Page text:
The formation of a black hole is a mystery. Einstein thought that the exotic object, like black holes, would not exist in nature even there are such solutions to Einstein gravitationalfield equations. However, more and more theoretical calculations and even important astronomical observations have proved that Einstein is wrong. Most astrophysicists have reached an agreement that the formation of a black hole usually evolves many stages. First the primary process of the evolution is the gravitational collapse, which is usually occurs after the death of a heavy object, like stars. When a star doesn’t have enough “fuel” to keep its temperature through nuclearreaction or the star is keeping absorbing matters around it by universalgravitation. After the collapse, if the mass of leftover exceeds over 3 to 4 times of solar mass, it has an opportunity to form a black hole. The second stage is the formation of the event horizon, which is also the way to distinguish the black holes and other forms of objects, such as neutron stars, which are also a result of the gravitational collapse. Thanks to the work of Kerr (2009), who proved that the event horizon could be physical not just mathematical. According to the black holes thermodynamics, the area of the event horizon of each black hole does not decrease with time. After the presence of the event horizon, a singularity will form in a black hole (Penrose, 1965). This is considered to be the third stage. A black hole can continually grow up by absorbing the matters and interstellar dust or even merges with other stars or black holes. This is considered to be a way to super massive black holes. The last stage of black holes is the evaporation. If the Hawking’s theory can be verified, a black hole is not totally black but emits its thermal radiation with a quite small quantity. This means that a black hole would loss its mass by Hawking radiation (Parikh, 2000) and vanishes eventually. Simulation results show that a small black hole owns very strong emission effects. The Hawking radiation will be discussed in details.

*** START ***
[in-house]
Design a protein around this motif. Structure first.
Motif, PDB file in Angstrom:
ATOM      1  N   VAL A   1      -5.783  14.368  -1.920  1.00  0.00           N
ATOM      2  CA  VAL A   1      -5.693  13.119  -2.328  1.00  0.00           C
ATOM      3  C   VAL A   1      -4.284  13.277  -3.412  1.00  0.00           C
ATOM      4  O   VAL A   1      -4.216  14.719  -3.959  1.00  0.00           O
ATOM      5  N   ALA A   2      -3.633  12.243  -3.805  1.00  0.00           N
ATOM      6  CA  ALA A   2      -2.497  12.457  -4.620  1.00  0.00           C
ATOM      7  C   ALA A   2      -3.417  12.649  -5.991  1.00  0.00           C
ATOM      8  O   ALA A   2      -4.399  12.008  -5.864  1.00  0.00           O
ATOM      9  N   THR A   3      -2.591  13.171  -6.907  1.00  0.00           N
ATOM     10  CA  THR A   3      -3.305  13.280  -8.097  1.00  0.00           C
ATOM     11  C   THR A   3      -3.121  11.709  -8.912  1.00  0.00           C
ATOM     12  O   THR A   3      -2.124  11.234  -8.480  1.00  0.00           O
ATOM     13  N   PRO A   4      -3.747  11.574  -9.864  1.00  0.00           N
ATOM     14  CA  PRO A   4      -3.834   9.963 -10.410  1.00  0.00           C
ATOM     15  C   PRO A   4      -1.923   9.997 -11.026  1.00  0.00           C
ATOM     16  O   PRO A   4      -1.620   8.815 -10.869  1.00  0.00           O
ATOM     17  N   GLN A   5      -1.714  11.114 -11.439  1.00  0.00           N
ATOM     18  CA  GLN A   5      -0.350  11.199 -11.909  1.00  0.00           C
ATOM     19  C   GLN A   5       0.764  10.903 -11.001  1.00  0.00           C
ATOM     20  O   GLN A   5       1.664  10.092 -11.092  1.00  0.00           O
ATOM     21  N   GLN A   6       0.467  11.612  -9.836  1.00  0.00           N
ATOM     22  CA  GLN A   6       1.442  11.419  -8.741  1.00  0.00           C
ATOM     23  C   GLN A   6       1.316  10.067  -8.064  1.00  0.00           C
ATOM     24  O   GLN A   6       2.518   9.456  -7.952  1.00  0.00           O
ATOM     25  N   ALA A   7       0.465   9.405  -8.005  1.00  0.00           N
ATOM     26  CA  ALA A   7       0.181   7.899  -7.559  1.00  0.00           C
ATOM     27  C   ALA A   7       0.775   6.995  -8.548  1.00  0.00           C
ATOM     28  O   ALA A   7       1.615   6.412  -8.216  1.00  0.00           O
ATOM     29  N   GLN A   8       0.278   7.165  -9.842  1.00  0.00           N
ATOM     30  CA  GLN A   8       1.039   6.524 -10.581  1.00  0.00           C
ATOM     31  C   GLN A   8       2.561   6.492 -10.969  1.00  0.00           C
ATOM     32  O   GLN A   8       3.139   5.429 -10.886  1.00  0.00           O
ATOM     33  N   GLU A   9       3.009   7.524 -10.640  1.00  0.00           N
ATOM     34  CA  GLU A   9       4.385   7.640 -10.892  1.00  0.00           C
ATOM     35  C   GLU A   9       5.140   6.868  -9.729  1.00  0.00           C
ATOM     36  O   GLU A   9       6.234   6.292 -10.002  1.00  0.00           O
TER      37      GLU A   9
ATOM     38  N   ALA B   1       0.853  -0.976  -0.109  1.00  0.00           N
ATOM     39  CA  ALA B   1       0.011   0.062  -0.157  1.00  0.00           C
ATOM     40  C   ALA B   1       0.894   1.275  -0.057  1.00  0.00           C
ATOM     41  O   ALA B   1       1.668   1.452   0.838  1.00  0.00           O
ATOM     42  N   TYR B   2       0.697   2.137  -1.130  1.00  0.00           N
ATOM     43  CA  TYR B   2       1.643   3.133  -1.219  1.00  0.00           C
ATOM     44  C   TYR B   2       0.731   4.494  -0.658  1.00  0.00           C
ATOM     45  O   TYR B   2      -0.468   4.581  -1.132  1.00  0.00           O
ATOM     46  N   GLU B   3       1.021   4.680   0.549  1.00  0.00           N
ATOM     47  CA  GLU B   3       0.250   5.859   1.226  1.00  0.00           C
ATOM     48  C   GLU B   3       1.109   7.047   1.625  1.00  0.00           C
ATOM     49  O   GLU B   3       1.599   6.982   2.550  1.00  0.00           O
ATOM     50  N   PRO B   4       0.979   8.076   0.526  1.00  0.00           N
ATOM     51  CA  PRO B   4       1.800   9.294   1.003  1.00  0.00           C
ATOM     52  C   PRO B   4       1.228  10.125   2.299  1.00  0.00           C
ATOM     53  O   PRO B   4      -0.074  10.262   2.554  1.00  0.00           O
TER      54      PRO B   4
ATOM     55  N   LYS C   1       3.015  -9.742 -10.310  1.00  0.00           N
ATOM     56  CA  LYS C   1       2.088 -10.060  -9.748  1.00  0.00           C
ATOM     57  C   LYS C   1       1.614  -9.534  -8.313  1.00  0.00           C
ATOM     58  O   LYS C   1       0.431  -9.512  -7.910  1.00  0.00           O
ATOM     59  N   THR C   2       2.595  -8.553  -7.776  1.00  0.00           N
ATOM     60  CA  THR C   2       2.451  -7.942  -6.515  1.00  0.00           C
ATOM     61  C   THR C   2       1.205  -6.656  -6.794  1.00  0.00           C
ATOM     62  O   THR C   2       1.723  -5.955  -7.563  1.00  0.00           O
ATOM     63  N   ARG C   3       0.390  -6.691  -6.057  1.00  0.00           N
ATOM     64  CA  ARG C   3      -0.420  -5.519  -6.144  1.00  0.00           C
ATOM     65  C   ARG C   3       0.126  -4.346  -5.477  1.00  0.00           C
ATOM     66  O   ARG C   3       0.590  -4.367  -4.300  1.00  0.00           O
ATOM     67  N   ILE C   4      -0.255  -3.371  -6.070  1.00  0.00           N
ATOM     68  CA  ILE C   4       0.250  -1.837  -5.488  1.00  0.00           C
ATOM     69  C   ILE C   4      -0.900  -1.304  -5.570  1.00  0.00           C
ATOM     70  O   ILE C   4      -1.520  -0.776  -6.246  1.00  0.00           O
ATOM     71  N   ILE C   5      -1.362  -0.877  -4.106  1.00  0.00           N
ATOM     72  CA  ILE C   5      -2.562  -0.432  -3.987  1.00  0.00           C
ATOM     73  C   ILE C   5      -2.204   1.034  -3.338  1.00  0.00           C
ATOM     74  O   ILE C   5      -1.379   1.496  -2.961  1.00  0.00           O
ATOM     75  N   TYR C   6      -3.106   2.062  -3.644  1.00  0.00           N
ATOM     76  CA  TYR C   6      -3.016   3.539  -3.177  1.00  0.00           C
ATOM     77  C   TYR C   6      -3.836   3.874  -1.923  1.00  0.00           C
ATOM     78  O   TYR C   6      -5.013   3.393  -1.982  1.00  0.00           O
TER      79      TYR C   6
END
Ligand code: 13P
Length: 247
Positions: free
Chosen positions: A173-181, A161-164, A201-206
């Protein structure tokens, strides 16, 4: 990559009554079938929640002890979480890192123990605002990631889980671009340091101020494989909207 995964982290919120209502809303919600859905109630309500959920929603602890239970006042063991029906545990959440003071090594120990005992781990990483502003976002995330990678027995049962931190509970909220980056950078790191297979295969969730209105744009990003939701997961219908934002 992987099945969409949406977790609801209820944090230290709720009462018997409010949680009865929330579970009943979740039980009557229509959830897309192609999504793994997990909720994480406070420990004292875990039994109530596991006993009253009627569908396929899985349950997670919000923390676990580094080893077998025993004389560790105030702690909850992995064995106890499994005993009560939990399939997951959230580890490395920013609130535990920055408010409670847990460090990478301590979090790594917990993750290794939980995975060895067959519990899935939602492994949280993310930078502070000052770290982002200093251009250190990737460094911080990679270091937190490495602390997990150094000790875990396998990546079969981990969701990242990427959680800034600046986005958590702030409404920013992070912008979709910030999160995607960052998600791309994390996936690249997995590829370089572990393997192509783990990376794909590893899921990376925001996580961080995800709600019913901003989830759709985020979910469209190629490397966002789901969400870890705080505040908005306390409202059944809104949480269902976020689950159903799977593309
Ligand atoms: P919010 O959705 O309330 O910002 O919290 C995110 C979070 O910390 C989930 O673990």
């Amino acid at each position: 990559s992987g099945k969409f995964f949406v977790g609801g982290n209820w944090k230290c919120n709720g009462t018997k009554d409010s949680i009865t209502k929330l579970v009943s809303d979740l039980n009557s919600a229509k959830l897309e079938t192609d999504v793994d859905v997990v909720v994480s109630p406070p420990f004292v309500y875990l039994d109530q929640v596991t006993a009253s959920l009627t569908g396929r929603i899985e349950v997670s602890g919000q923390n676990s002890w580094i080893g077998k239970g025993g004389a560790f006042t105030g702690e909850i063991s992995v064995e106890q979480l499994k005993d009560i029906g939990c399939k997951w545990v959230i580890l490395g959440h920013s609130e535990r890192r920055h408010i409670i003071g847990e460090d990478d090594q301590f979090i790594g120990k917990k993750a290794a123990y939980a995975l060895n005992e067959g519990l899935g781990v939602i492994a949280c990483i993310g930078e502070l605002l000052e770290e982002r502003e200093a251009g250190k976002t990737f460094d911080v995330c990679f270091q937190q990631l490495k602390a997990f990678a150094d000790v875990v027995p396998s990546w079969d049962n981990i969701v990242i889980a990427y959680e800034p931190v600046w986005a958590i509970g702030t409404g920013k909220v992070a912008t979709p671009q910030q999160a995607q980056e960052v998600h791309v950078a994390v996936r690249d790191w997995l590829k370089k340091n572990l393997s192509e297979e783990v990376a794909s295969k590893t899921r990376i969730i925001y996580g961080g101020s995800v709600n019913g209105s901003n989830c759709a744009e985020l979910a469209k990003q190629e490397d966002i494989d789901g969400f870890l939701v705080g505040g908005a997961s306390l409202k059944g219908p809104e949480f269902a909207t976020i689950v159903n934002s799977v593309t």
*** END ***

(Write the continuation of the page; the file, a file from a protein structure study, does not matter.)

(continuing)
Once the scientific world accepts the concept of black holes, a question is launched: are the black holes keep growing and expanding? Hawking says no! By applying quantum field theory into a stationary black hole background, he found that a black hole should radiate particles like a black body near the event horizon (Hawking, 1974). Physical picture to this bizarre phenomenon is the radiation is not come from the black holes directly, but the results of particle-antiparticle formation just beyond the event horizon. Specifically, a particle-antiparticle pair generated from the vacuum fluctuations appears close to the event horizon. One of the pair escapes forms the boundary while another one falls into it (Droste, 1917). Another interesting question is: how can be detected a black hole where even light can’t escape? The direct way is to probing the Hawking radiation, unfortunately the simulation results show that the Hawking radiation is too small to be detected from the Earth. In 2008 NASA launched the Fermi Gammar-ray Space Telescope to search the Hawking radiation which is strong in the last stage of a black hole (Naeye, 2008).